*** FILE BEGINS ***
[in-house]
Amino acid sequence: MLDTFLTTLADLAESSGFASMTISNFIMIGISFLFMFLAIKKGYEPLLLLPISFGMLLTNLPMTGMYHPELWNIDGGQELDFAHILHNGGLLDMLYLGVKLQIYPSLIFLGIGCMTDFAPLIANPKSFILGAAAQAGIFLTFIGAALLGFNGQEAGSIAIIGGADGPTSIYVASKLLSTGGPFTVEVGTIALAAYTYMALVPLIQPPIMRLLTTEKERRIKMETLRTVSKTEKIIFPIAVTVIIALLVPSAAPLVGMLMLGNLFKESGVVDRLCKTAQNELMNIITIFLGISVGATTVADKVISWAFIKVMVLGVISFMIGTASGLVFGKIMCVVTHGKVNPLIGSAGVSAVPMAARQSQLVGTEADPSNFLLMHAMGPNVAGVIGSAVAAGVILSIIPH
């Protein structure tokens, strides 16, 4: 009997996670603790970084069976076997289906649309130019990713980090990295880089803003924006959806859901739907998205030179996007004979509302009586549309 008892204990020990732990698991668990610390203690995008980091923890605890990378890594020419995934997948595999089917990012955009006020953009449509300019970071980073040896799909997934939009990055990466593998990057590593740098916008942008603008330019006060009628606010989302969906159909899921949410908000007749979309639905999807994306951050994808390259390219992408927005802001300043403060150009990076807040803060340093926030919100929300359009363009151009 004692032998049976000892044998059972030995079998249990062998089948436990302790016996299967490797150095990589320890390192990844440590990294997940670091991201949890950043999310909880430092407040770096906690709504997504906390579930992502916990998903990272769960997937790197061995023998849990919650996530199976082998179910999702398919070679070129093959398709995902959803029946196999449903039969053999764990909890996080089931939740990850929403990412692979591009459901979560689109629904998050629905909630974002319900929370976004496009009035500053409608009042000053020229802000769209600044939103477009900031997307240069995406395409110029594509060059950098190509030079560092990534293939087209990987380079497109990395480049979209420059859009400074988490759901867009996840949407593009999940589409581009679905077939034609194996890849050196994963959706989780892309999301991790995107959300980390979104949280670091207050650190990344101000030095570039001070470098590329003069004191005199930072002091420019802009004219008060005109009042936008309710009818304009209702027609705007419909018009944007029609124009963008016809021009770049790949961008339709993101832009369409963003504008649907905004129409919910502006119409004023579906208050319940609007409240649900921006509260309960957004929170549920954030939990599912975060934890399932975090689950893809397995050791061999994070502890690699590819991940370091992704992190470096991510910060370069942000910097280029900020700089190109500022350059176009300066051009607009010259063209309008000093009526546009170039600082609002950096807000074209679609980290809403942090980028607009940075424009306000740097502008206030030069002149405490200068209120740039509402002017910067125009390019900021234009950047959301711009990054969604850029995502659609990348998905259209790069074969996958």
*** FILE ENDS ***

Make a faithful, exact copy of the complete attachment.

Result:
[in-house]
Amino acid sequence: MLDTFLTTLADLAESSGFASMTISNFIMIGISFLFMFLAIKKGYEPLLLLPISFGMLLTNLPMTGMYHPELWNIDGGQELDFAHILHNGGLLDMLYLGVKLQIYPSLIFLGIGCMTDFAPLIANPKSFILGAAAQAGIFLTFIGAALLGFNGQEAGSIAIIGGADGPTSIYVASKLLSTGGPFTVEVGTIALAAYTYMALVPLIQPPIMRLLTTEKERRIKMETLRTVSKTEKIIFPIAVTVIIALLVPSAAPLVGMLMLGNLFKESGVVDRLCKTAQNELMNIITIFLGISVGATTVADKVISWAFIKVMVLGVISFMIGTASGLVFGKIMCVVTHGKVNPLIGSAGVSAVPMAARQSQLVGTEADPSNFLLMHAMGPNVAGVIGSAVAAGVILSIIPH
């Protein structure tokens, strides 16, 4: 009997996670603790970084069976076997289906649309130019990713980090990295880089803003924006959806859901739907998205030179996007004979509302009586549309 008892204990020990732990698991668990610390203690995008980091923890605890990378890594020419995934997948595999089917990012955009006020953009449509300019970071980073040896799909997934939009990055990466593998990057590593740098916008942008603008330019006060009628606010989302969906159909899921949410908000007749979309639905999807994306951050994808390259390219992408927005802001300043403060150009990076807040803060340093926030919100929300359009363009151009 004692032998049976000892044998059972030995079998249990062998089948436990302790016996299967490797150095990589320890390192990844440590990294997940670091991201949890950043999310909880430092407040770096906690709504997504906390579930992502916990998903990272769960997937790197061995023998849990919650996530199976082998179910999702398919070679070129093959398709995902959803029946196999449903039969053999764990909890996080089931939740990850929403990412692979591009459901979560689109629904998050629905909630974002319900929370976004496009009035500053409608009042000053020229802000769209600044939103477009900031997307240069995406395409110029594509060059950098190509030079560092990534293939087209990987380079497109990395480049979209420059859009400074988490759901867009996840949407593009999940589409581009679905077939034609194996890849050196994963959706989780892309999301991790995107959300980390979104949280670091207050650190990344101000030095570039001070470098590329003069004191005199930072002091420019802009004219008060005109009042936008309710009818304009209702027609705007419909018009944007029609124009963008016809021009770049790949961008339709993101832009369409963003504008649907905004129409919910502006119409004023579906208050319940609007409240649900921006509260309960957004929170549920954030939990599912975060934890399932975090689950893809397995050791061999994070502890690699590819991940370091992704992190470096991510910060370069942000910097280029900020700089190109500022350059176009300066051009607009010259063209309008000093009526546009170039600082609002950096807000074209679609980290809403942090980028607009940075424009306000740097502008206030030069002149405490200068209120740039509402002017910067125009390019900021234009950047959301711009990054969604850029995502659609990348998905259209790069074969996958």